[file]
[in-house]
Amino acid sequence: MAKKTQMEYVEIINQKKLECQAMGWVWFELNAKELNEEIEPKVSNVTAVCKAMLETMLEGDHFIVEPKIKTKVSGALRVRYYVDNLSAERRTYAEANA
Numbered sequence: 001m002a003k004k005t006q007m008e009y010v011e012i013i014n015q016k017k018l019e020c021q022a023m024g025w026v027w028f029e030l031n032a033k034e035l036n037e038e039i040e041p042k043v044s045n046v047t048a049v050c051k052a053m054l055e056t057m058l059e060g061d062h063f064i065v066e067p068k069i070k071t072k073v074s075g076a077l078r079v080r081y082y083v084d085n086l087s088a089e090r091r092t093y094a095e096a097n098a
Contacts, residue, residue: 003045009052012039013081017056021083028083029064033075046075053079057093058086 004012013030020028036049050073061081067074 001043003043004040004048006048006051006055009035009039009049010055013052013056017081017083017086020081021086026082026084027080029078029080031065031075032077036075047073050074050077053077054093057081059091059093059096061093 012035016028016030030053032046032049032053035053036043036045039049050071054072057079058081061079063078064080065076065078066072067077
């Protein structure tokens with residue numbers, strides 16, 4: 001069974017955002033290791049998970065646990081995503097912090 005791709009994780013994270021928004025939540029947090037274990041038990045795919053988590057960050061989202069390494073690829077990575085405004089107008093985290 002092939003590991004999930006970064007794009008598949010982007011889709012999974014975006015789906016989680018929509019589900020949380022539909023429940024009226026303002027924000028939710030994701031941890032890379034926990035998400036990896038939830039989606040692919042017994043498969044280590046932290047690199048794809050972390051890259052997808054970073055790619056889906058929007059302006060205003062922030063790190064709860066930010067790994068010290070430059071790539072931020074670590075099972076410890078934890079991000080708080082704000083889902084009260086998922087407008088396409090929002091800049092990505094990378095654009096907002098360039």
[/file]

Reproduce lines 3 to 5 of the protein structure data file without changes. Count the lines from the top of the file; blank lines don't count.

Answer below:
Numbered sequence: 001m002a003k004k005t006q007m008e009y010v011e012i013i014n015q016k017k018l019e020c021q022a023m024g025w026v027w028f029e030l031n032a033k034e035l036n037e038e039i040e041p042k043v044s045n046v047t048a049v050c051k052a053m054l055e056t057m058l059e060g061d062h063f064i065v066e067p068k069i070k071t072k073v074s075g076a077l078r079v080r081y082y083v084d085n086l087s088a089e090r091r092t093y094a095e096a097n098a
Contacts, residue, residue: 003045009052012039013081017056021083028083029064033075046075053079057093058086 004012013030020028036049050073061081067074 001043003043004040004048006048006051006055009035009039009049010055013052013056017081017083017086020081021086026082026084027080029078029080031065031075032077036075047073050074050077053077054093057081059091059093059096061093 012035016028016030030053032046032049032053035053036043036045039049050071054072057079058081061079063078064080065076065078066072067077
């Protein structure tokens with residue numbers, strides 16, 4: 001069974017955002033290791049998970065646990081995503097912090 005791709009994780013994270021928004025939540029947090037274990041038990045795919053988590057960050061989202069390494073690829077990575085405004089107008093985290 002092939003590991004999930006970064007794009008598949010982007011889709012999974014975006015789906016989680018929509019589900020949380022539909023429940024009226026303002027924000028939710030994701031941890032890379034926990035998400036990896038939830039989606040692919042017994043498969044280590046932290047690199048794809050972390051890259052997808054970073055790619056889906058929007059302006060205003062922030063790190064709860066930010067790994068010290070430059071790539072931020074670590075099972076410890078934890079991000080708080082704000083889902084009260086998922087407008088396409090929002091800049092990505094990378095654009096907002098360039």